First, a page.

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New push to make the arts more diverse

17 July 20200 comments

Arts groups across Australia are set to launch a Creative Equity Toolkit in a bid to create a more racially diverse arts sector.

Led by Diversity Arts Australia, the initiative will link together key stakeholders to establish a set of principles and practical guidelines.

It follows research that shows Australia’s arts institutions are not reflecting the nation’s diversity.

A study by Diversity Arts Australia and Western Sydney University looked at the representation of culturally and linguistically diverse (CALD) Australians in leadership positions in the nation’s major arts, screen and cultural organisations.

The findings were surprising. Despite publicly avowed commitments to diversity, leaders, directors and board members of Australia’s major cultural bodies are overwhelmingly from non-migrant backgrounds.

Less than half of the nation’s museums, music and opera companies, screen organisations and theatre companies have any representatives from diverse cultural or linguistic heritage among their leadership teams.

And less than 10 per cent of artistic directors come from culturally diverse backgrounds.

“We began with an analysis of the publicly available biographical information about board chairs and members, CEOs, creative directors, senior executives and award panel judges from 200 major cultural organisations, awards and government bodies,” the researchers said.

“The literary and publishing industry had the highest CALD representation among leaders with 14 per cent. This figure in theatre, dance and stage was just 5 per cent – reflecting numbers found by the Australian Human Rights Commission when looking at the broader corporate sector,” they said.

“Australia has a history of separating “ethnic art” from the mainstream arts community. Non-English language companies peaked in the late 1980s, with companies such as the Greek-language Filiki Players in Melbourne and the Italian-language Doppio Teatro in Adelaide.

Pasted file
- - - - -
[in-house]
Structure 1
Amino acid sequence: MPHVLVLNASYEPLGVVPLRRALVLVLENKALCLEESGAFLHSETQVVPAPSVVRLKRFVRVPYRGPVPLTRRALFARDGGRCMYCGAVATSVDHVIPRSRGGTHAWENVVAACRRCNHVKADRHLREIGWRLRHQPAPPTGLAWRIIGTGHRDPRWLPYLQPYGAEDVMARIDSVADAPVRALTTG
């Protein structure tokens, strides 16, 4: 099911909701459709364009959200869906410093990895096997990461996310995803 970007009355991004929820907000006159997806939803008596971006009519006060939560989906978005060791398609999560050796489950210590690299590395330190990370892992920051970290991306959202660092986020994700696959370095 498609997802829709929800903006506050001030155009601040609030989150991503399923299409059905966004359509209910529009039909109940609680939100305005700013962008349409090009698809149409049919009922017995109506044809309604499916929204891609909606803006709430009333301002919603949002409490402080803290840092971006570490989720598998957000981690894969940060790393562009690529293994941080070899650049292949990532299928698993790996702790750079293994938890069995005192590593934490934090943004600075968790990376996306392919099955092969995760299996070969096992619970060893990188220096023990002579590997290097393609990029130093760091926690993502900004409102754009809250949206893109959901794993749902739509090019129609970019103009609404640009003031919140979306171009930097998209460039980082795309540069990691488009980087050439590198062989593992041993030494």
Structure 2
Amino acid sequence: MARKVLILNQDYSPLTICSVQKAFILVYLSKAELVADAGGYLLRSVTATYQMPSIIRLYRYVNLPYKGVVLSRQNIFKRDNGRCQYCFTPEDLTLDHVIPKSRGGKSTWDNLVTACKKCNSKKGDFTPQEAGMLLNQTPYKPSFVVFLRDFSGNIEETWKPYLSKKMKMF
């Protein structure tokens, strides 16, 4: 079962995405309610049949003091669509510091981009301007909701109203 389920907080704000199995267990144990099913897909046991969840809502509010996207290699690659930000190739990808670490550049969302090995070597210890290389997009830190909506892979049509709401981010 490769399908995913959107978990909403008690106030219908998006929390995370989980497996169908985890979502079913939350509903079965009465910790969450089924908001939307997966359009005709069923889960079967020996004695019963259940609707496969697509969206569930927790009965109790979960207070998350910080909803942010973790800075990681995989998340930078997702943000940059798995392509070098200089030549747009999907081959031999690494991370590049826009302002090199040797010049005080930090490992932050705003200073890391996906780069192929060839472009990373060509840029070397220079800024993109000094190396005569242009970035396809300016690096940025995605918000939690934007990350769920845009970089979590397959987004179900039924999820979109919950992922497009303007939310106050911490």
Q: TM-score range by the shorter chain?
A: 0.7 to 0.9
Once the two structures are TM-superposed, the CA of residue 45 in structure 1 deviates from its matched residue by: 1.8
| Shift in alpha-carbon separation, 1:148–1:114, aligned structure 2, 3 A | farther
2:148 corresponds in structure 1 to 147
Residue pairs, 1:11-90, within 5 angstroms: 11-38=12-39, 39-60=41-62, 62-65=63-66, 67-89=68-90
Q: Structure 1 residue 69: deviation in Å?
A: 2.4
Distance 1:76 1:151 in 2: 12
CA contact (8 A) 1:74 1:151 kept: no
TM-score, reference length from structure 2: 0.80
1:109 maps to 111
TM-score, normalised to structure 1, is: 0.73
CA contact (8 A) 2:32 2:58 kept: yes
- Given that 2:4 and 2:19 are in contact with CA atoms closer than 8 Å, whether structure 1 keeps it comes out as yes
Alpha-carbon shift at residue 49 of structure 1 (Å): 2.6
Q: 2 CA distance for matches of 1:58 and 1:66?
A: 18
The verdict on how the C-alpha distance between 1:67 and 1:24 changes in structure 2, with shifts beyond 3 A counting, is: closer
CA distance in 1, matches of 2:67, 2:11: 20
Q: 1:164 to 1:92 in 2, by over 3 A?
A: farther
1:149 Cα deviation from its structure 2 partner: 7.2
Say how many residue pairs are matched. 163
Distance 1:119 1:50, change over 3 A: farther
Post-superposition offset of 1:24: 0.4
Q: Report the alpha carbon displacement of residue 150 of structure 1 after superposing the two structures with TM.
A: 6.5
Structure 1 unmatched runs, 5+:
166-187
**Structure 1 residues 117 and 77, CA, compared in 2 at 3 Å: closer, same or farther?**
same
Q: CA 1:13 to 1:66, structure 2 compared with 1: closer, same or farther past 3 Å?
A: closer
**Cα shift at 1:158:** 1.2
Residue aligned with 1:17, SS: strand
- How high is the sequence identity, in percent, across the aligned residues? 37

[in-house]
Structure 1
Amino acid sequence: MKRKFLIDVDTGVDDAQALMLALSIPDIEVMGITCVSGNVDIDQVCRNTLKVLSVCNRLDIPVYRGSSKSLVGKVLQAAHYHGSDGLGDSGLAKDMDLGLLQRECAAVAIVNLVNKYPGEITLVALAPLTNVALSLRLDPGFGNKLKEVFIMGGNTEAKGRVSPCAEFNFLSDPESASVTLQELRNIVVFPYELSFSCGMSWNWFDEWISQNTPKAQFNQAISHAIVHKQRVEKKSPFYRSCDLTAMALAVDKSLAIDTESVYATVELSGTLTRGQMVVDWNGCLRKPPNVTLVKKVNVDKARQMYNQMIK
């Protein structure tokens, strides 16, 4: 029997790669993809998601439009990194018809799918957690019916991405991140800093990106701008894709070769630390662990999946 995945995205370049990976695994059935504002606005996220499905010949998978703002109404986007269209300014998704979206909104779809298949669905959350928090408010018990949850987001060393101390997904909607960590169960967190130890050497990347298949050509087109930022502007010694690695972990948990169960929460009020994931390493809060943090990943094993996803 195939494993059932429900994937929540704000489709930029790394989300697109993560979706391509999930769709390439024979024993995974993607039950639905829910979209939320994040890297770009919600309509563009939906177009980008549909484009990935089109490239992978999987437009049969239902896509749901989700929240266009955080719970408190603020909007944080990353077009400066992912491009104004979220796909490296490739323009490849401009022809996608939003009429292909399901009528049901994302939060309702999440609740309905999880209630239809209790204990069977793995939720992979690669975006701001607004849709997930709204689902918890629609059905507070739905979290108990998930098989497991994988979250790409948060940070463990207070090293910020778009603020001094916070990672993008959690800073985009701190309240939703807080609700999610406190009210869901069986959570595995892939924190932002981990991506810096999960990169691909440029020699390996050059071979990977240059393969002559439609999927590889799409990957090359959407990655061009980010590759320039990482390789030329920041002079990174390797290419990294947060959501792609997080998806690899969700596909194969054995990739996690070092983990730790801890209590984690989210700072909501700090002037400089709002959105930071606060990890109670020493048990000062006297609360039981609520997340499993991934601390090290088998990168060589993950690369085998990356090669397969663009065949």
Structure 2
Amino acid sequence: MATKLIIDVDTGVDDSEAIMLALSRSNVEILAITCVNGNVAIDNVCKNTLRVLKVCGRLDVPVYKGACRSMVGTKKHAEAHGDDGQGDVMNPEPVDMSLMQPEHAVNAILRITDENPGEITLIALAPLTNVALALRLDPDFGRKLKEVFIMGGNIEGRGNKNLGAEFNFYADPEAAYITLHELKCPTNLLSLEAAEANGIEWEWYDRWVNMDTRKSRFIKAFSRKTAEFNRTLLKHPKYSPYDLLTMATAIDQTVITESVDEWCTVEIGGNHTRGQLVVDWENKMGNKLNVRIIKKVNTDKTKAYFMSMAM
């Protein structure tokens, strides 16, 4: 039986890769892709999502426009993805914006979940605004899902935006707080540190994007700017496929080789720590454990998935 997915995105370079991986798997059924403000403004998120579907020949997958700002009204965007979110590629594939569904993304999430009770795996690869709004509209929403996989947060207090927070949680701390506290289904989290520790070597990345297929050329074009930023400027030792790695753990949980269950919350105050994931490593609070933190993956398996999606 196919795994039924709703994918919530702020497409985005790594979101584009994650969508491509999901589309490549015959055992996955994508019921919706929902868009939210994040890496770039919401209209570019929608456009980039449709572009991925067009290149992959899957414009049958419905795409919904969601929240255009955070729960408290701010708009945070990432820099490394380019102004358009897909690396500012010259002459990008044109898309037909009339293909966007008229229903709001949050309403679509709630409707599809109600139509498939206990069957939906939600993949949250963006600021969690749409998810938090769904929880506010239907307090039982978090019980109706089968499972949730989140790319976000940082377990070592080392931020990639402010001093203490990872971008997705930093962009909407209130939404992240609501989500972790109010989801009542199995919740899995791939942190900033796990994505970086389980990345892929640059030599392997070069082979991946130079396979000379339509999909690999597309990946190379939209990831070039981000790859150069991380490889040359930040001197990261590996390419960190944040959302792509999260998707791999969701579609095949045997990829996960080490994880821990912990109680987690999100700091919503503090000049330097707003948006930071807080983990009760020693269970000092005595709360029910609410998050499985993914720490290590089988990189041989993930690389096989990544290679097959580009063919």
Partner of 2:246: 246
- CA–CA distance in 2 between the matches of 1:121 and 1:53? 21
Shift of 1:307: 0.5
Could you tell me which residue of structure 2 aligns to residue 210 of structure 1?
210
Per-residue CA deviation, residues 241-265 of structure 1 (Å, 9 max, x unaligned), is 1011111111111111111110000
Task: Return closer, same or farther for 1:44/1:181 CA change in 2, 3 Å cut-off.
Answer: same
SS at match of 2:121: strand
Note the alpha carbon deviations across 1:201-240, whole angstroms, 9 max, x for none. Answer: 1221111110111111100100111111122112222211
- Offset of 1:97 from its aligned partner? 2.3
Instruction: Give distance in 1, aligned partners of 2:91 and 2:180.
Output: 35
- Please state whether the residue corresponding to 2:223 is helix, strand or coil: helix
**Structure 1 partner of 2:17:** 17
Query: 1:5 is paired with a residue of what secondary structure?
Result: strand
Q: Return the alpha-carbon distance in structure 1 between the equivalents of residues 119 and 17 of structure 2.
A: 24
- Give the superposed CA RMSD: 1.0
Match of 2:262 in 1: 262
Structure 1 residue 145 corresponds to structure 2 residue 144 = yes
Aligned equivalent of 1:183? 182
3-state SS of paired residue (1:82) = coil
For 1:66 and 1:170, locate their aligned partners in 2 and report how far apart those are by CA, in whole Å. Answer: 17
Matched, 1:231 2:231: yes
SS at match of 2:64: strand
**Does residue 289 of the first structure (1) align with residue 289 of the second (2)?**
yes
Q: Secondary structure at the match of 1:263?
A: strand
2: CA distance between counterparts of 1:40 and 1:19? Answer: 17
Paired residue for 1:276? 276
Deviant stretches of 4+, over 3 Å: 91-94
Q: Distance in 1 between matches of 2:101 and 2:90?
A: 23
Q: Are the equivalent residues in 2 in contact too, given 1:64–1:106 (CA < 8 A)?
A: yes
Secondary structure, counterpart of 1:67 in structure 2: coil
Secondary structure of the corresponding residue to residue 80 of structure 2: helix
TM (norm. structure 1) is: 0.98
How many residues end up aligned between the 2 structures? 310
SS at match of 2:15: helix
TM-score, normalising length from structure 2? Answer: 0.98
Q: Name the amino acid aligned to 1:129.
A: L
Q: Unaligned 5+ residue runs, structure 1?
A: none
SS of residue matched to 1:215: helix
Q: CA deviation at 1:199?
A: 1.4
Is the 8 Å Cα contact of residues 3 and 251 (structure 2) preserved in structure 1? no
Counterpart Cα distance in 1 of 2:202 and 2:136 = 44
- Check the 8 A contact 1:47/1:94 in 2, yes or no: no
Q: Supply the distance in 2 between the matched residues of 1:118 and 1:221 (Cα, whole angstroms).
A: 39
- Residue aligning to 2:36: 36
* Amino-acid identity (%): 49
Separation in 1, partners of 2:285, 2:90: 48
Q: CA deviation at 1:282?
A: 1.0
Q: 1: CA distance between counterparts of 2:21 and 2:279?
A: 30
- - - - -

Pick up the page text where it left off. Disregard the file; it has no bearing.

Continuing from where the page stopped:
“Despite almost half of Australians having at least one parent born overseas, this separation between “mainstream” and “ethnic” art has continued,” the researchers said.

They argue the arts are there to tell the stories that capture the rich tapestry of our nation – and to do this, we must seek out artists and artistic leaders that reflect this diversity.

“The cultural and screen sectors must set targets, design, and implement diversity inclusion plans. These should not be undertaken via a tick-the box-training session, but progressive and ongoing strategies that are embedded into the organisation,” the report recommended.

“We need strong arts policy (Australia doesn’t have a national arts policy at all) with diversity at its core,” it said.

“As in the UK, funding bodies must tie funding to meeting minimum diversity targets, ensuring organisations reflect on what it means to tell an Australian story,” the report recommended.

“The arts act as a mirror to who we are. If the arts community simply reflects on Australia of a bygone era we fail to acknowledge our complexity, exclude most Australians and lack authenticity,” it said.

“Finally, while 22 organisations refused to participate in our research, and many did not respond, we must remember 49 per cent did send through their data – giving us the potential for an arts and screen community that really reflects Australia,” the researchers said.